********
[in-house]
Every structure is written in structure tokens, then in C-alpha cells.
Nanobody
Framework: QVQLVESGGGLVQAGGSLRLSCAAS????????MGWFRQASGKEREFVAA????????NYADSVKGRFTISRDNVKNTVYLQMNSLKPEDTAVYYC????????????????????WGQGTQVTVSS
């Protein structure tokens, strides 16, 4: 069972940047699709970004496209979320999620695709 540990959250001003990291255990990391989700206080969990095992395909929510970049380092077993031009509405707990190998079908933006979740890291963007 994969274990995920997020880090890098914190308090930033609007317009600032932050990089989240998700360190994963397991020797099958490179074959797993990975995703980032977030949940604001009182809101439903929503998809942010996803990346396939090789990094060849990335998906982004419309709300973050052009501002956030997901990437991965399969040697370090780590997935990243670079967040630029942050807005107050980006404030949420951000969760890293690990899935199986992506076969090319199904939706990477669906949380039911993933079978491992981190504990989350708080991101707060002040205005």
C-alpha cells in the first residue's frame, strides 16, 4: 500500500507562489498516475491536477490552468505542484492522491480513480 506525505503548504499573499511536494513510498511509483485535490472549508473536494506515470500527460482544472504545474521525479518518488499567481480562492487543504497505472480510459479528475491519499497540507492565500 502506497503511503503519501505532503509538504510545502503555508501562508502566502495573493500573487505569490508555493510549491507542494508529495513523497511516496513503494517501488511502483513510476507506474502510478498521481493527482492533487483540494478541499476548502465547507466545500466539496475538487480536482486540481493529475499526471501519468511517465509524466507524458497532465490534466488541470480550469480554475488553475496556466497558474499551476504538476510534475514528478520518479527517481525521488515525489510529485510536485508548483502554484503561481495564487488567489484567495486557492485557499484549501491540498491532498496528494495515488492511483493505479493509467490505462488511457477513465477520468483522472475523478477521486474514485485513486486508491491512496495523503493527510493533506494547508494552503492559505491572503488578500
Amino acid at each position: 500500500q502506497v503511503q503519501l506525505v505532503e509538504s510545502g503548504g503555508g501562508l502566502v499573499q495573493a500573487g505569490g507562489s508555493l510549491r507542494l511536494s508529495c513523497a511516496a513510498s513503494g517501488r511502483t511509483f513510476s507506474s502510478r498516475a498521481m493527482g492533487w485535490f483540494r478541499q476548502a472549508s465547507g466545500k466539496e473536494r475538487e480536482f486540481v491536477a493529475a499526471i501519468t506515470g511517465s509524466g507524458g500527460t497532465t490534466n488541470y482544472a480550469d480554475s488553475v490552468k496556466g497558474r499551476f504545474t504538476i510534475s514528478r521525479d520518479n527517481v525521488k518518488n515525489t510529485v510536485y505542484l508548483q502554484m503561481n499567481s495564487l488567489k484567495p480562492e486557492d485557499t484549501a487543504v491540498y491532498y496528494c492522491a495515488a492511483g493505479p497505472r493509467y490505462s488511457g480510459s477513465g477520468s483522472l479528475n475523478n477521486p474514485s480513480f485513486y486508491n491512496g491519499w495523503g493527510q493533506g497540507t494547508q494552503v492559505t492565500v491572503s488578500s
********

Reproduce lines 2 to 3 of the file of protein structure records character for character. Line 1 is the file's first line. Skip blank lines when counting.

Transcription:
Every structure is written in structure tokens, then in C-alpha cells.
Nanobody